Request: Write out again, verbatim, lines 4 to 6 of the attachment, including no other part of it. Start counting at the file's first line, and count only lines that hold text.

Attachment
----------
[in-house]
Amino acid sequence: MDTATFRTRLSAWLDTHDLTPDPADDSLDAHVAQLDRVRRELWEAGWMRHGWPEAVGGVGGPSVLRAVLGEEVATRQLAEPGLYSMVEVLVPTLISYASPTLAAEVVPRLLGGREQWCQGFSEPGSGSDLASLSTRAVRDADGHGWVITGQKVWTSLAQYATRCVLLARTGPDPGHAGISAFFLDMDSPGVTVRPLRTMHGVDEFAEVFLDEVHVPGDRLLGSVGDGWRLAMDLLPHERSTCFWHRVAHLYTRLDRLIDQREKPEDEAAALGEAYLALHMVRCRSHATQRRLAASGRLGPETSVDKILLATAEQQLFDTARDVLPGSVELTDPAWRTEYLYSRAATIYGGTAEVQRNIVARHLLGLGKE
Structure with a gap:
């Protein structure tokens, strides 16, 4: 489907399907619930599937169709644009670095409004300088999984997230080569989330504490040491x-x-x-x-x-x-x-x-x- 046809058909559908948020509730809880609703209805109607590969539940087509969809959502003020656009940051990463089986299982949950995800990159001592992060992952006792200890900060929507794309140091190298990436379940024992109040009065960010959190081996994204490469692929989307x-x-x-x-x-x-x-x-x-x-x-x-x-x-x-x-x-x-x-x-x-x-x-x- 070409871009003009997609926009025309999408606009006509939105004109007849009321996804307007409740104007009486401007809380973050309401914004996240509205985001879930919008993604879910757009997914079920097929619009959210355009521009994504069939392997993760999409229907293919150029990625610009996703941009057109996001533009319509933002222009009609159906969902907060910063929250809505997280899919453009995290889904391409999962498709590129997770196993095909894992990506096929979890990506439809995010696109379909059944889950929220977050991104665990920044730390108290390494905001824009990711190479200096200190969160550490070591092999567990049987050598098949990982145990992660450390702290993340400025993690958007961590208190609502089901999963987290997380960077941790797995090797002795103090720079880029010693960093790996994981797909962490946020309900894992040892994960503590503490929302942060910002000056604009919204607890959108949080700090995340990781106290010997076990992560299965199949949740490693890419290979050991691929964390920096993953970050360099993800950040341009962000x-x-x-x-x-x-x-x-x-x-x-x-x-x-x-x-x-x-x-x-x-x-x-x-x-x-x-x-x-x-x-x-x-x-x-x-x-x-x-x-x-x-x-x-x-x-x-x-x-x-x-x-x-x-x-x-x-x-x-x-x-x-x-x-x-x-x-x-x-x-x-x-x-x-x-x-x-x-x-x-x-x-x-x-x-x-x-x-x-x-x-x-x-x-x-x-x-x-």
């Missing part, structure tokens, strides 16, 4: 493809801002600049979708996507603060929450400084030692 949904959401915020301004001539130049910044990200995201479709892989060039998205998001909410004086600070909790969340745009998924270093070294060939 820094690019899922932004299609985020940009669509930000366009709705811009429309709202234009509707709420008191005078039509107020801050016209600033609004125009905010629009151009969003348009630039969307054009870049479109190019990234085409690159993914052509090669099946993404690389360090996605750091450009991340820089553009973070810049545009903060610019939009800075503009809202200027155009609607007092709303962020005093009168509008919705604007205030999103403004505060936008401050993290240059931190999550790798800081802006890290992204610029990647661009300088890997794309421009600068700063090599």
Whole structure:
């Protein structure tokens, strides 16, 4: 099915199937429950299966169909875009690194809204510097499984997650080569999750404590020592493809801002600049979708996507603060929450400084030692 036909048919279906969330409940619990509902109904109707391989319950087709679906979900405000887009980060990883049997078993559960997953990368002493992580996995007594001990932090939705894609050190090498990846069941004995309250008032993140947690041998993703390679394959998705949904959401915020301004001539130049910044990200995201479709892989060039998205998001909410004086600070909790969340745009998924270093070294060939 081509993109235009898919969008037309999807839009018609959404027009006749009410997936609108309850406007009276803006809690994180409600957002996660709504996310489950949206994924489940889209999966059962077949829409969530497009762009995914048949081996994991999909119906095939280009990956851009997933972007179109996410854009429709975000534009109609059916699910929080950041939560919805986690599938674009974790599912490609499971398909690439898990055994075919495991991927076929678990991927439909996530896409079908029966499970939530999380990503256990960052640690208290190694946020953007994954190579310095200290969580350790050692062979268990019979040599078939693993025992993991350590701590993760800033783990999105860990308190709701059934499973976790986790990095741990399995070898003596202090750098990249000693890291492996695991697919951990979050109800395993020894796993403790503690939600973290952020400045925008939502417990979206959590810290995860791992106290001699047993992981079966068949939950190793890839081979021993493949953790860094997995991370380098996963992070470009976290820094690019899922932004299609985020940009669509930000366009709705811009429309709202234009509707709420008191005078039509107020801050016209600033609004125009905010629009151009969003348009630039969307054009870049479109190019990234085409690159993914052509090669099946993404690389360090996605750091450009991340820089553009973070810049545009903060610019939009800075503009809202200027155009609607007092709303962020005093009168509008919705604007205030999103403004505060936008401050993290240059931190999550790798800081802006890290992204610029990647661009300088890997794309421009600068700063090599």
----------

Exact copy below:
């Protein structure tokens, strides 16, 4: 489907399907619930599937169709644009670095409004300088999984997230080569989330504490040491x-x-x-x-x-x-x-x-x- 046809058909559908948020509730809880609703209805109607590969539940087509969809959502003020656009940051990463089986299982949950995800990159001592992060992952006792200890900060929507794309140091190298990436379940024992109040009065960010959190081996994204490469692929989307x-x-x-x-x-x-x-x-x-x-x-x-x-x-x-x-x-x-x-x-x-x-x-x- 070409871009003009997609926009025309999408606009006509939105004109007849009321996804307007409740104007009486401007809380973050309401914004996240509205985001879930919008993604879910757009997914079920097929619009959210355009521009994504069939392997993760999409229907293919150029990625610009996703941009057109996001533009319509933002222009009609159906969902907060910063929250809505997280899919453009995290889904391409999962498709590129997770196993095909894992990506096929979890990506439809995010696109379909059944889950929220977050991104665990920044730390108290390494905001824009990711190479200096200190969160550490070591092999567990049987050598098949990982145990992660450390702290993340400025993690958007961590208190609502089901999963987290997380960077941790797995090797002795103090720079880029010693960093790996994981797909962490946020309900894992040892994960503590503490929302942060910002000056604009919204607890959108949080700090995340990781106290010997076990992560299965199949949740490693890419290979050991691929964390920096993953970050360099993800950040341009962000x-x-x-x-x-x-x-x-x-x-x-x-x-x-x-x-x-x-x-x-x-x-x-x-x-x-x-x-x-x-x-x-x-x-x-x-x-x-x-x-x-x-x-x-x-x-x-x-x-x-x-x-x-x-x-x-x-x-x-x-x-x-x-x-x-x-x-x-x-x-x-x-x-x-x-x-x-x-x-x-x-x-x-x-x-x-x-x-x-x-x-x-x-x-x-x-x-x-």
């Missing part, structure tokens, strides 16, 4: 493809801002600049979708996507603060929450400084030692 949904959401915020301004001539130049910044990200995201479709892989060039998205998001909410004086600070909790969340745009998924270093070294060939 820094690019899922932004299609985020940009669509930000366009709705811009429309709202234009509707709420008191005078039509107020801050016209600033609004125009905010629009151009969003348009630039969307054009870049479109190019990234085409690159993914052509090669099946993404690389360090996605750091450009991340820089553009973070810049545009903060610019939009800075503009809202200027155009609607007092709303962020005093009168509008919705604007205030999103403004505060936008401050993290240059931190999550790798800081802006890290992204610029990647661009300088890997794309421009600068700063090599």
Whole structure: